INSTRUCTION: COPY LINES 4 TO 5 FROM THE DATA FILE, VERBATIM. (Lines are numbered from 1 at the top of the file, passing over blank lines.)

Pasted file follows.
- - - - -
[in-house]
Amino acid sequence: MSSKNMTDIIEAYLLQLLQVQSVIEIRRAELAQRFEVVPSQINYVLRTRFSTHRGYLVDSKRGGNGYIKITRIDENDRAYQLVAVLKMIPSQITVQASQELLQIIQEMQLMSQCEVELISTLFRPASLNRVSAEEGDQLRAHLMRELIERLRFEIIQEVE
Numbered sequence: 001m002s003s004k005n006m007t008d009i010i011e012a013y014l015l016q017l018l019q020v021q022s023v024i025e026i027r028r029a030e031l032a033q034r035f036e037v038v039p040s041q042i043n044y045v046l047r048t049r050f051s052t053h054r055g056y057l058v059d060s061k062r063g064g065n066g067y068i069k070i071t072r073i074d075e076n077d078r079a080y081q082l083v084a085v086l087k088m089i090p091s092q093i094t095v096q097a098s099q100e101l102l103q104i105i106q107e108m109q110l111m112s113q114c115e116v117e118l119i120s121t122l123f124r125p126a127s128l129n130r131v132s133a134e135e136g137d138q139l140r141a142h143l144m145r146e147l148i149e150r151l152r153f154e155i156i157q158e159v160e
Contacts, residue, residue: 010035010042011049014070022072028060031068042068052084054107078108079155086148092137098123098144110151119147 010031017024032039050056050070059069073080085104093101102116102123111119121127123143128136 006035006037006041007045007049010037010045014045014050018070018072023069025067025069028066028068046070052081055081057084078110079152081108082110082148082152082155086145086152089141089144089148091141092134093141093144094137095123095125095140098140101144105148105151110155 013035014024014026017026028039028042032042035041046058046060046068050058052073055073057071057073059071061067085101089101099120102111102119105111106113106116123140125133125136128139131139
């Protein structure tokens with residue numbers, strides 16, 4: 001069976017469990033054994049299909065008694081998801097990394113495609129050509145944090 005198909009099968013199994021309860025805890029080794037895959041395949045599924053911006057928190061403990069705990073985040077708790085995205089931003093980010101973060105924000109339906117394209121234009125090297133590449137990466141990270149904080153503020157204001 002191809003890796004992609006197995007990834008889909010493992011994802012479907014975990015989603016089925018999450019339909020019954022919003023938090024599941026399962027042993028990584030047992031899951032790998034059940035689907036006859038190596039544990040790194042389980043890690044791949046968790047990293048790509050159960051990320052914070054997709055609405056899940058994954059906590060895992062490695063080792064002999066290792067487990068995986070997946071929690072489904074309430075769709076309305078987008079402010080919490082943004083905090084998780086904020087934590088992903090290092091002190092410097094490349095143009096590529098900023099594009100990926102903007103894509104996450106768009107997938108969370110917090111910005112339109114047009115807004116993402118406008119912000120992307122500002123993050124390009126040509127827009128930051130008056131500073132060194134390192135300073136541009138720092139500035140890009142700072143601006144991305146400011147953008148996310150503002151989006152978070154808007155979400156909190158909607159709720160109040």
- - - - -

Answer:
Contacts, residue, residue: 010035010042011049014070022072028060031068042068052084054107078108079155086148092137098123098144110151119147 010031017024032039050056050070059069073080085104093101102116102123111119121127123143128136 006035006037006041007045007049010037010045014045014050018070018072023069025067025069028066028068046070052081055081057084078110079152081108082110082148082152082155086145086152089141089144089148091141092134093141093144094137095123095125095140098140101144105148105151110155 013035014024014026017026028039028042032042035041046058046060046068050058052073055073057071057073059071061067085101089101099120102111102119105111106113106116123140125133125136128139131139
């Protein structure tokens with residue numbers, strides 16, 4: 001069976017469990033054994049299909065008694081998801097990394113495609129050509145944090 005198909009099968013199994021309860025805890029080794037895959041395949045599924053911006057928190061403990069705990073985040077708790085995205089931003093980010101973060105924000109339906117394209121234009125090297133590449137990466141990270149904080153503020157204001 002191809003890796004992609006197995007990834008889909010493992011994802012479907014975990015989603016089925018999450019339909020019954022919003023938090024599941026399962027042993028990584030047992031899951032790998034059940035689907036006859038190596039544990040790194042389980043890690044791949046968790047990293048790509050159960051990320052914070054997709055609405056899940058994954059906590060895992062490695063080792064002999066290792067487990068995986070997946071929690072489904074309430075769709076309305078987008079402010080919490082943004083905090084998780086904020087934590088992903090290092091002190092410097094490349095143009096590529098900023099594009100990926102903007103894509104996450106768009107997938108969370110917090111910005112339109114047009115807004116993402118406008119912000120992307122500002123993050124390009126040509127827009128930051130008056131500073132060194134390192135300073136541009138720092139500035140890009142700072143601006144991305146400011147953008148996310150503002151989006152978070154808007155979400156909190158909607159709720160109040």